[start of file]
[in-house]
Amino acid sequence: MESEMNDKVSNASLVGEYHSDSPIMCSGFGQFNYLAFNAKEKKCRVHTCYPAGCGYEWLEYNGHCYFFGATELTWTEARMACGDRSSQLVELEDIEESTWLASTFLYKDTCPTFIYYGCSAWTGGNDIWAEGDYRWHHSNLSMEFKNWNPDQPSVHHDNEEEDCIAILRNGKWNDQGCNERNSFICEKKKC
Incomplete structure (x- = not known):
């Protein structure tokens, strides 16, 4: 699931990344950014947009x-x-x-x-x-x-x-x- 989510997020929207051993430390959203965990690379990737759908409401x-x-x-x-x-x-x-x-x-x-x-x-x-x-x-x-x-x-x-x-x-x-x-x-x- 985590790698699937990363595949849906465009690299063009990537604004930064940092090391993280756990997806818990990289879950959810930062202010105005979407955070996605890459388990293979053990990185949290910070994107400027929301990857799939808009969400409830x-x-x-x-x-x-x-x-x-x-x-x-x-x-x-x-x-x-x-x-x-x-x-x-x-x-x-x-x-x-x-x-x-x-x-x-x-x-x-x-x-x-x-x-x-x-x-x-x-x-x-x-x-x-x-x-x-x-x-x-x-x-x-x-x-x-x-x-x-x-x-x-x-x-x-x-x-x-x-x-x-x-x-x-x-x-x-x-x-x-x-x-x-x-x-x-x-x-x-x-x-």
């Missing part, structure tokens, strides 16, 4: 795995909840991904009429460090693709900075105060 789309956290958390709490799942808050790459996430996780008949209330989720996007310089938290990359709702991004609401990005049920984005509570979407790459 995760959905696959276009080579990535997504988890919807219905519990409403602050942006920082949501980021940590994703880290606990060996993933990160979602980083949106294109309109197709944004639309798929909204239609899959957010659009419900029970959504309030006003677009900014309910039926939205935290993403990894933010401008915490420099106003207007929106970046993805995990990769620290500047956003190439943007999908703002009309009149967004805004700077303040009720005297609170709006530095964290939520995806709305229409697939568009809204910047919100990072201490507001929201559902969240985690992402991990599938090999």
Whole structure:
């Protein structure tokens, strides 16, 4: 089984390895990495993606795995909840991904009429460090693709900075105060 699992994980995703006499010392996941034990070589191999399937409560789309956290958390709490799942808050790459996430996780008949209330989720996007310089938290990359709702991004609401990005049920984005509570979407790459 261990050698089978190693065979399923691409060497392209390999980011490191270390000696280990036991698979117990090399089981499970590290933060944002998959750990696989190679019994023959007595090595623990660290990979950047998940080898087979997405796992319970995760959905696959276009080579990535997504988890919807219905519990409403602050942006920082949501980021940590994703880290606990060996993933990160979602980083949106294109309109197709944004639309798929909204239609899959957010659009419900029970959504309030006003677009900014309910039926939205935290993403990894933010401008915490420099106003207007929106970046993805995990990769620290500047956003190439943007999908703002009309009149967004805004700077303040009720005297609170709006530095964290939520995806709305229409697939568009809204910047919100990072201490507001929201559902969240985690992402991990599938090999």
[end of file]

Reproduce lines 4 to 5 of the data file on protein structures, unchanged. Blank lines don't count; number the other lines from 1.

């Protein structure tokens, strides 16, 4: 699931990344950014947009x-x-x-x-x-x-x-x- 989510997020929207051993430390959203965990690379990737759908409401x-x-x-x-x-x-x-x-x-x-x-x-x-x-x-x-x-x-x-x-x-x-x-x-x- 985590790698699937990363595949849906465009690299063009990537604004930064940092090391993280756990997806818990990289879950959810930062202010105005979407955070996605890459388990293979053990990185949290910070994107400027929301990857799939808009969400409830x-x-x-x-x-x-x-x-x-x-x-x-x-x-x-x-x-x-x-x-x-x-x-x-x-x-x-x-x-x-x-x-x-x-x-x-x-x-x-x-x-x-x-x-x-x-x-x-x-x-x-x-x-x-x-x-x-x-x-x-x-x-x-x-x-x-x-x-x-x-x-x-x-x-x-x-x-x-x-x-x-x-x-x-x-x-x-x-x-x-x-x-x-x-x-x-x-x-x-x-x-």
């Missing part, structure tokens, strides 16, 4: 795995909840991904009429460090693709900075105060 789309956290958390709490799942808050790459996430996780008949209330989720996007310089938290990359709702991004609401990005049920984005509570979407790459 995760959905696959276009080579990535997504988890919807219905519990409403602050942006920082949501980021940590994703880290606990060996993933990160979602980083949106294109309109197709944004639309798929909204239609899959957010659009419900029970959504309030006003677009900014309910039926939205935290993403990894933010401008915490420099106003207007929106970046993805995990990769620290500047956003190439943007999908703002009309009149967004805004700077303040009720005297609170709006530095964290939520995806709305229409697939568009809204910047919100990072201490507001929201559902969240985690992402991990599938090999």